George Jackson in the Sun of Palestine

The overlaps between Palestinian and Black liberation movements <3

How did a poem by Palestinian poet, Samih al-Qasim, come to be known and published under George Jackson’s name, in English translation? George Jackson, a Black revolutionary writer, was incarcerated in California for more than a decade, until he was killed in 1971 by prison guards. Among the ninety-nine books Jackson had in his cell at the time of his death, one was “Enemy of the Sun,” a collection of Palestinian resistance poetry. For four decades, the title poem of the collection has circulated in Black Panther newspapers and other venues under George Jackson’s name. In this episode, Professor Greg Thomas discusses his recovery of this shared history, and the traveling exhibition that emerged from his research. Listen here.

Filmmakers in Solidarity

filmmaker friends, pls read and sign here if u agree. this letter addresses the complete lack of diversity in the PBS system, which is supposed to represent “public media for all.” if i see another ken burns documentary…

“A census on the entire PBS system is overdue. In addition to boards of trustees and management, what is the demographic breakdown at the top producing stations of their Executive Producers and above-the-line teams, currently and historically? Data also needs to be collected on the programmers of all stations, as they collectively influence what is seen across the US. Until the scope of the problem is made public, how can it be solved?”

The Warp & Weft – Eighth Set of Stories

4 new Warp & Weft stories today! One about the strangeness of MMXX by Noelle Mirabal-Evans, wonderful reflections in Hindi by Surbhi Dewan, a story about birding and the northern cardinal by Kay Saleem, and another about rupture and repair by Yan Lehmann. Finally, a beautiful artistic response by Sarah Sills. Listen, read, look here.

Repost from Rochester Contemporary Art Center:

Head over to maraahmedstudio.com and listen to the newest stories from The Warp & Weft archive!

MMXX: Strange Times by Noelle Evans
You know, two thousand twenty in Roman numerals is M-M X-X. Double M double X. I’ve decided to refer to this year in this way for as long as it serves me. What a year it was for the fall of the Roman Empire. Right? It just feels fitting. [Photo: Madelyn Bradt]

Just Some Thoughts by Surbhi Dewan
Two thousand and twenty. As the year comes to an end, it feels like not much was accomplished. And yet, this year will stay with us for many years to come. I still can’t believe how in March, the whole world came to a standstill. The whole world frozen in time, as all of us retreated into our homes together.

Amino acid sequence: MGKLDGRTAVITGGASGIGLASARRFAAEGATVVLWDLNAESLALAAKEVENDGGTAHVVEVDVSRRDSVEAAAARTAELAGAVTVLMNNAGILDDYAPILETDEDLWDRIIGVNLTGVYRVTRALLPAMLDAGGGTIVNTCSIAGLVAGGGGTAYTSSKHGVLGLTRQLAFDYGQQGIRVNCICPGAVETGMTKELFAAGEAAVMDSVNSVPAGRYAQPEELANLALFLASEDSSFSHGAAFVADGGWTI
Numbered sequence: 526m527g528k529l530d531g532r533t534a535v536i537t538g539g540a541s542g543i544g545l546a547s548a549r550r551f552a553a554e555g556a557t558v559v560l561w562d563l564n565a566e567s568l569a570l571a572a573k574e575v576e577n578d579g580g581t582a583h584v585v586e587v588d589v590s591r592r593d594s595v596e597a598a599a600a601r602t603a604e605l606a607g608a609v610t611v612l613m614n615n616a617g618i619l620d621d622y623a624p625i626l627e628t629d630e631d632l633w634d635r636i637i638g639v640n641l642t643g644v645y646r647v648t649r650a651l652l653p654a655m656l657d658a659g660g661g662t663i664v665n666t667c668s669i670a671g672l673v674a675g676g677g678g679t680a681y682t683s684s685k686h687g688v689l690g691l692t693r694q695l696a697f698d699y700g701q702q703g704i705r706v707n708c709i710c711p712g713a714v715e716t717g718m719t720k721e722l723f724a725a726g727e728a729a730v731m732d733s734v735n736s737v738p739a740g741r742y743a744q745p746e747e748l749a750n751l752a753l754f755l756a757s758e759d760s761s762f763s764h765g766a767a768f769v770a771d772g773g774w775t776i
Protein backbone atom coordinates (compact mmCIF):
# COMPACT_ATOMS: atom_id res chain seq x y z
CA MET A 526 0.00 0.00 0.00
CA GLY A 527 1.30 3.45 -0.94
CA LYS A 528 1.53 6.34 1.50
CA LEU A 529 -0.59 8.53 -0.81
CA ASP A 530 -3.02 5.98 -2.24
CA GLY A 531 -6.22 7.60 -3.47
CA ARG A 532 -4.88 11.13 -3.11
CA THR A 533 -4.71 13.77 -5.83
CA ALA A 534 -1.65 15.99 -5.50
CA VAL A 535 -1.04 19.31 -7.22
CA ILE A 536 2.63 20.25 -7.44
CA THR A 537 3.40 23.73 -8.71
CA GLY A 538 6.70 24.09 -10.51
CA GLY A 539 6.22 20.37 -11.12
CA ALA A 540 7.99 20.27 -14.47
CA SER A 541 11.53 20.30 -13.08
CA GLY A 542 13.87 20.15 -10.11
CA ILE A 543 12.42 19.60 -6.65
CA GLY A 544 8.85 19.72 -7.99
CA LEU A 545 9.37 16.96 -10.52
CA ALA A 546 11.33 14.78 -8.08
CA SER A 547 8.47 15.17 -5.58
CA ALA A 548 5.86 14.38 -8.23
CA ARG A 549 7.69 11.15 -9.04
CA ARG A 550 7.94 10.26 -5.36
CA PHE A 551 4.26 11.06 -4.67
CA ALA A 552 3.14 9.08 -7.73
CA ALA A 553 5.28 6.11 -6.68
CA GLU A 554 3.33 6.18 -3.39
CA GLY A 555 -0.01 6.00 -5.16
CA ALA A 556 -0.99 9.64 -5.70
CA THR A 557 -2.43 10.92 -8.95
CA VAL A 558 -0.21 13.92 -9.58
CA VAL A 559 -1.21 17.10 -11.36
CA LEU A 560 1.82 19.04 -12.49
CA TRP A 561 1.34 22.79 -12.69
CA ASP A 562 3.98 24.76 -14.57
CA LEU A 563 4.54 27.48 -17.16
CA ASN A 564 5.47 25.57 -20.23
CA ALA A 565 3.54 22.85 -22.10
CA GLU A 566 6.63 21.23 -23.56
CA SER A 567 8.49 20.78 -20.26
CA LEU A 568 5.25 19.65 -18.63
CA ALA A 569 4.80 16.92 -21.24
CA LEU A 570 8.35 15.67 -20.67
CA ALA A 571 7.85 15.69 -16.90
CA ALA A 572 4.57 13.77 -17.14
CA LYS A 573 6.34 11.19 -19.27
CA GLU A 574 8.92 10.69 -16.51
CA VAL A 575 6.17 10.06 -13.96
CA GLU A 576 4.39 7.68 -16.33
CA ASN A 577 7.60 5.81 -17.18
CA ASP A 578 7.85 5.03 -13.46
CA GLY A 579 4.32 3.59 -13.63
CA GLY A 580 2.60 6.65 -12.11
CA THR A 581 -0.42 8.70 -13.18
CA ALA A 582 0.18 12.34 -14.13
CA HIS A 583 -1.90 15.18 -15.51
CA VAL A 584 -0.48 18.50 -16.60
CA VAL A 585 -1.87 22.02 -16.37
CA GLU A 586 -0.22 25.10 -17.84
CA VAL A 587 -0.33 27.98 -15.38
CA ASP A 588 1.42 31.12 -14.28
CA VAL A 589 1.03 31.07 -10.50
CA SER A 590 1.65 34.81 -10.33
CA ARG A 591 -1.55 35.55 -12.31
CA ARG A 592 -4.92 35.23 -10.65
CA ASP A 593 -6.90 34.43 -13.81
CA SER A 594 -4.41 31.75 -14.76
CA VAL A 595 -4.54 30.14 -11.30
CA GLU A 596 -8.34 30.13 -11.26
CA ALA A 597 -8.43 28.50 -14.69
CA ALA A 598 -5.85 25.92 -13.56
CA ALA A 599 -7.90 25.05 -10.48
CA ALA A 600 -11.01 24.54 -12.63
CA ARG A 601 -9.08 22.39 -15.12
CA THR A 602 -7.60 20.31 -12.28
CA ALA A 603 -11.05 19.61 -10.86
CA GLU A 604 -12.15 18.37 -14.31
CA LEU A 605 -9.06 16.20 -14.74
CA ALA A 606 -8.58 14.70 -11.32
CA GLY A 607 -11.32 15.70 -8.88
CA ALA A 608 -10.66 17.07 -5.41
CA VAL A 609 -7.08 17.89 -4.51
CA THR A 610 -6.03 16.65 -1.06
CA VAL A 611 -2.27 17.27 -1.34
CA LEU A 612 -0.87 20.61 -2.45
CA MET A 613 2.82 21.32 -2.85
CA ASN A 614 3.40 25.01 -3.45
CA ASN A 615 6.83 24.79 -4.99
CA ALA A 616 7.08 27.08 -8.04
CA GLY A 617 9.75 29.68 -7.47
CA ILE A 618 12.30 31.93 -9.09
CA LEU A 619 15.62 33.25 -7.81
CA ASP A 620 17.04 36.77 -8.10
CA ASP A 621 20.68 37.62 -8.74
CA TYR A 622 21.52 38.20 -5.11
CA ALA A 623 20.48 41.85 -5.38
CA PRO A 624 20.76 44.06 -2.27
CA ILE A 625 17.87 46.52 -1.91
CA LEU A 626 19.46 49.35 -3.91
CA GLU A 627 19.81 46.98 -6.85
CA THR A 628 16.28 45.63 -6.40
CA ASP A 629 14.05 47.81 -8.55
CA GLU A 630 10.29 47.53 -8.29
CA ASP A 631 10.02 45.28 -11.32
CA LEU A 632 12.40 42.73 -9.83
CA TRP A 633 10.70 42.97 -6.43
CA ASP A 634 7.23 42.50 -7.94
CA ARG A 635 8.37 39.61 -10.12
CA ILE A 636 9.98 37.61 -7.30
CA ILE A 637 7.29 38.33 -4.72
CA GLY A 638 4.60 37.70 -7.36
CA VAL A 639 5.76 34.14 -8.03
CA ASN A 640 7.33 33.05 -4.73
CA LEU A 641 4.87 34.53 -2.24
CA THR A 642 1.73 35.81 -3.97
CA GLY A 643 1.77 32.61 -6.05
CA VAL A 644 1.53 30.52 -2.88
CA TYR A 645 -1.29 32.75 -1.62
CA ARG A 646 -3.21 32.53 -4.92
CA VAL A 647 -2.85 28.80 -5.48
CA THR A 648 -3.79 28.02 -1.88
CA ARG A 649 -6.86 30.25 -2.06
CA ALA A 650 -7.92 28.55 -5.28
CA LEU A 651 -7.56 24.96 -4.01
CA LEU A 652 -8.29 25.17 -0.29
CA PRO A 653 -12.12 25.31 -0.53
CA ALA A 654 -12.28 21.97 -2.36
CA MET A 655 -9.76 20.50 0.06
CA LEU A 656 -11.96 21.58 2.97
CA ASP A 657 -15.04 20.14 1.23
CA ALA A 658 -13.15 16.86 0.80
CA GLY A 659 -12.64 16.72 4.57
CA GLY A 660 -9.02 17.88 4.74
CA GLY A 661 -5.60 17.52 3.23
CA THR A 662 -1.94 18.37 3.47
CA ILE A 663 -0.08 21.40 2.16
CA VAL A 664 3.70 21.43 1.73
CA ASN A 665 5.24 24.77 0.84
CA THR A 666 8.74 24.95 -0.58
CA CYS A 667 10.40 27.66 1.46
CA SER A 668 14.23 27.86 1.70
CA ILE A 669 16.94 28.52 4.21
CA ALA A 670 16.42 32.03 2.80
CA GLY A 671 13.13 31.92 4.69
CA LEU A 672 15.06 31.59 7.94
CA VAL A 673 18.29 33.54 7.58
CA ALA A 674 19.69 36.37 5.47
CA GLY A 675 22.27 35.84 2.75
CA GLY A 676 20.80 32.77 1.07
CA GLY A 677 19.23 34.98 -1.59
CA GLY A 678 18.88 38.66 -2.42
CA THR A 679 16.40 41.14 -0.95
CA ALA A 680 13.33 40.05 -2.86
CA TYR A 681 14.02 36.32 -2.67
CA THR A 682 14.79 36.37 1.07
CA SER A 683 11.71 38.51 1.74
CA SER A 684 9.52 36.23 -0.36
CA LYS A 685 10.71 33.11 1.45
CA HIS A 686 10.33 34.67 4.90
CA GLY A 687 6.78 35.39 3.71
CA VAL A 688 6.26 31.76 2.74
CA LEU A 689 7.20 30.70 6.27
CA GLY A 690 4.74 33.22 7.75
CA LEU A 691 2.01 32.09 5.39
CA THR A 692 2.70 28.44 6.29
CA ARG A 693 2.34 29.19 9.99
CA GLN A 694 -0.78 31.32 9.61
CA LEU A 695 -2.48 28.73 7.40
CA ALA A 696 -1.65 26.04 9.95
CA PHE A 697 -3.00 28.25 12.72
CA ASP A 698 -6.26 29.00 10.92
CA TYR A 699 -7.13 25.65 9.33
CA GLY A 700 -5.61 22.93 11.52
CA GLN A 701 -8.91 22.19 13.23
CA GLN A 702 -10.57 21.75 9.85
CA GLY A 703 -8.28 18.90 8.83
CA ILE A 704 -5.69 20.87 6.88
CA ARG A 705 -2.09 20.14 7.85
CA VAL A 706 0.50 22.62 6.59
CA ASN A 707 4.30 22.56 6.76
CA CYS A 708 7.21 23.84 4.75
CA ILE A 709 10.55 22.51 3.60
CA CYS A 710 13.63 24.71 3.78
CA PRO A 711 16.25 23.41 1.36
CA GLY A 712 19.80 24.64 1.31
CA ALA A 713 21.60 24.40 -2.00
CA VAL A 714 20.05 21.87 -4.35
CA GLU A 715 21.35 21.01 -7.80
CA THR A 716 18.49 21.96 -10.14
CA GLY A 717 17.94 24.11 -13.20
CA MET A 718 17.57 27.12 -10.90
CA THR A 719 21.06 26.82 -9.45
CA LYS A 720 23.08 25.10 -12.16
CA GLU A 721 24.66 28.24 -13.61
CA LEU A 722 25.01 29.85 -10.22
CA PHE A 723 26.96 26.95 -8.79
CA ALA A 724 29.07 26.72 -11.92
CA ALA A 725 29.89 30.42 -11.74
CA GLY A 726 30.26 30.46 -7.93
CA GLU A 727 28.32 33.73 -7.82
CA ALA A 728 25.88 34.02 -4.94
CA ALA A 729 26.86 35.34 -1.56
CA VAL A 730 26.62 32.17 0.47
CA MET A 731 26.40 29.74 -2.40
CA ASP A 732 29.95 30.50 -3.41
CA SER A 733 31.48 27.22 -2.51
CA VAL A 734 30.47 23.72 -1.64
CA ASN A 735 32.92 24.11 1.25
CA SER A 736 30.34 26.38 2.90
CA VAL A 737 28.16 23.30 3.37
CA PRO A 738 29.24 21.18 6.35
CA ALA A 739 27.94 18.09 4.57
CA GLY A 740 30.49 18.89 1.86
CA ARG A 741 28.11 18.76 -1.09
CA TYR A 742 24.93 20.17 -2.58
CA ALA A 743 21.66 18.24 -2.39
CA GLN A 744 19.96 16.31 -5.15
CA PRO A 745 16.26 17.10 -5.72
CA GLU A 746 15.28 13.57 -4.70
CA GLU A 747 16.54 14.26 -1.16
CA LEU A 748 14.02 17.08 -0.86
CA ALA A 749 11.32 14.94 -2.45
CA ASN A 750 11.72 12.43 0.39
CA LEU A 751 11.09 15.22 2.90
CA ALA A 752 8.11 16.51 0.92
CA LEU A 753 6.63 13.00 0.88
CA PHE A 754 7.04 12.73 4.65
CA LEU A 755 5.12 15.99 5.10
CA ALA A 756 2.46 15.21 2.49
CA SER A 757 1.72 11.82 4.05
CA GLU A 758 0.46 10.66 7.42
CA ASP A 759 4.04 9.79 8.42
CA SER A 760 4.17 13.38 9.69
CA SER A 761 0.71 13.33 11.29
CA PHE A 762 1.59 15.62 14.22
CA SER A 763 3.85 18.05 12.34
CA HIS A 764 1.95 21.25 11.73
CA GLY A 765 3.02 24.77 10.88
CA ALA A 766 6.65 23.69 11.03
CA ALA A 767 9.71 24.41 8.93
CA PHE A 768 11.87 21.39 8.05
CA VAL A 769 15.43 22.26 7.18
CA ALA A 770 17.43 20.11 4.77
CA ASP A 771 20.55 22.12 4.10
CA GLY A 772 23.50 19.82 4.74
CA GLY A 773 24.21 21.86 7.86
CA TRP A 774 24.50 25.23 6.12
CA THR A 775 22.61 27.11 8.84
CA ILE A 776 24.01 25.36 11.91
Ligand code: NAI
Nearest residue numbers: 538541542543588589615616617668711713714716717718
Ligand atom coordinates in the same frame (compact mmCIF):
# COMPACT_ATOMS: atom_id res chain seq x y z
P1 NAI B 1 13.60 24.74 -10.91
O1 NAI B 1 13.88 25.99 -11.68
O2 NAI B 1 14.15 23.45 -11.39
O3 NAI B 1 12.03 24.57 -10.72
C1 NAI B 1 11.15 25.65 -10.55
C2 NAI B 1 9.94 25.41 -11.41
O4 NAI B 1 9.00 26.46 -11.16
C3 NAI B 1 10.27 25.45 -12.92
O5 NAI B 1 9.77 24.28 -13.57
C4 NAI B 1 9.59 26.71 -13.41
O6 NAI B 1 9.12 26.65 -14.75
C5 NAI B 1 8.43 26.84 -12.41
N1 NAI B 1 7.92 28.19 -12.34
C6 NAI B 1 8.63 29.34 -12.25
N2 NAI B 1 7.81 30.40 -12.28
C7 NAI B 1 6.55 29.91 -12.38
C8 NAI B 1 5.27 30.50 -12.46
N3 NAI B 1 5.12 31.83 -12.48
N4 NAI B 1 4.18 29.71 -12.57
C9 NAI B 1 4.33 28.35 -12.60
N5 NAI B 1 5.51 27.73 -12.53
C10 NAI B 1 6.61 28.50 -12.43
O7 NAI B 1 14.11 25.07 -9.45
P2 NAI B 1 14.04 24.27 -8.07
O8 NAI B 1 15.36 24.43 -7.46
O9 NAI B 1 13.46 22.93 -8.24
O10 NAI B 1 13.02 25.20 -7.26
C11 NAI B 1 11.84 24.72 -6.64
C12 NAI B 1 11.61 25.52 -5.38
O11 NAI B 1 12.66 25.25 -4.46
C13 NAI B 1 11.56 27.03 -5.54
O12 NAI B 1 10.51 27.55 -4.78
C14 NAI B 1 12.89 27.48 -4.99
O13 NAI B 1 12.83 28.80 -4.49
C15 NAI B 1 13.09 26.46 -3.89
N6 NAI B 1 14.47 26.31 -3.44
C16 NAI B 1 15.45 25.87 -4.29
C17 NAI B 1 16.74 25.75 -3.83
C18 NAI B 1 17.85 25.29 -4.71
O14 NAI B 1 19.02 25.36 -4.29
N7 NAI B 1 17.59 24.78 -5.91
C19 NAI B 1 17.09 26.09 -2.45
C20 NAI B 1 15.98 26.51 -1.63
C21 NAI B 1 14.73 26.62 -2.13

My Spark Bird by Kalsoom Saleem
A spark bird is the bird that triggers an interest in birding or bird watching. For me it was the northern cardinal. [Photo: Zidaan Aamer]

Rupture and Repair By Ian Layton
It is on those particularly still and heavy days that I sit and remember the birth of the universe. The memory contained in my every cell. My mind’s eye catches the moment when life burst forth and set us on this divine course. [Photo: Evan Zachary]

Spark Feather by Sarah Sills: An artistic response to the archive

The Warp & Weft – Seventh Set of Stories

4 new Warp & Weft stories today, including a stunning poem by Deema Shehabi, a story in Urdu about the meaning of life by Ayesha Javed, another about the books and people that shape us by Cathy Salibian, and a look at physics and the nature of reality by Shamoun Murtza. Finally, a beautiful musical response by Tom Davis. Listen and read here.

Repost from Rochester Contemporary Art Center:

You can now experience the newest set of stories from The Warp & Weft archive at maraahmedstudio.com

At Cathedral Grove: A Treatise on Vanishing by Deema K. Shehabi
Afternoon dialects beneath a redwood canopy: two children skip ahead; their feet grind the ground, crushing ferns, tearing tenebrous skulls of leaves. They giggle, while a vanishing world lies ahead of them. The spot where the sun abandons is where the light hangs briefly beneath a shoulder blade, then spreads. [Photo: Omar F. Khorsheed]

The Purpose of Life by Ayesha Javed
We are living in strange times. Hundreds of thousands of people have left this world on account of the pandemic. Their lives were just as valuable as yours or mine. This should be a moment of deep reflection for all of us.

The Right Words by Cathy Salibian
My oldest book is a small red hardcover of David Copperfield. I was maybe twelve years old when my father reached to a shelf in his study, pulled down that book and said to me a little shyly, “I see that you like to read. Maybe you will like this. I read it when I was just a little older than you.” [Photo: Kate Kressmann-Kehoe]

If A Tree Falls In The Forest by Shamoun Murtza